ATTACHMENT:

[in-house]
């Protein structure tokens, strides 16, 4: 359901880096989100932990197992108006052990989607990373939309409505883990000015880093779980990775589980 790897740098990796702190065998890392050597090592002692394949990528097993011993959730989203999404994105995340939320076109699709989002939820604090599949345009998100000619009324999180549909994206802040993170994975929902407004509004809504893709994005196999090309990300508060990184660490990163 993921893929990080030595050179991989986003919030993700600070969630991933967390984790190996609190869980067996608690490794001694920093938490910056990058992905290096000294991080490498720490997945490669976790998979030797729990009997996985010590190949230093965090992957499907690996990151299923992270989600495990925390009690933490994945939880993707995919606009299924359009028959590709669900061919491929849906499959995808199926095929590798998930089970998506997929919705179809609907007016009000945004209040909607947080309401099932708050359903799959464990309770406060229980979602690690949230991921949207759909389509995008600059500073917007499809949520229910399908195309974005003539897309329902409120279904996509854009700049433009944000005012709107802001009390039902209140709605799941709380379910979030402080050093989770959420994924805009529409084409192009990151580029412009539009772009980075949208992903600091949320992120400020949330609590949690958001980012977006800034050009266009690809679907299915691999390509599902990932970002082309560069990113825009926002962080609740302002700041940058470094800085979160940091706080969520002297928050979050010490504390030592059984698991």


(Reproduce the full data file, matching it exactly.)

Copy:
[in-house]
């Protein structure tokens, strides 16, 4: 359901880096989100932990197992108006052990989607990373939309409505883990000015880093779980990775589980 790897740098990796702190065998890392050597090592002692394949990528097993011993959730989203999404994105995340939320076109699709989002939820604090599949345009998100000619009324999180549909994206802040993170994975929902407004509004809504893709994005196999090309990300508060990184660490990163 993921893929990080030595050179991989986003919030993700600070969630991933967390984790190996609190869980067996608690490794001694920093938490910056990058992905290096000294991080490498720490997945490669976790998979030797729990009997996985010590190949230093965090992957499907690996990151299923992270989600495990925390009690933490994945939880993707995919606009299924359009028959590709669900061919491929849906499959995808199926095929590798998930089970998506997929919705179809609907007016009000945004209040909607947080309401099932708050359903799959464990309770406060229980979602690690949230991921949207759909389509995008600059500073917007499809949520229910399908195309974005003539897309329902409120279904996509854009700049433009944000005012709107802001009390039902209140709605799941709380379910979030402080050093989770959420994924805009529409084409192009990151580029412009539009772009980075949208992903600091949320992120400020949330609590949690958001980012977006800034050009266009690809679907299915691999390509599902990932970002082309560069990113825009926002962080609740302002700041940058470094800085979160940091706080969520002297928050979050010490504390030592059984698991």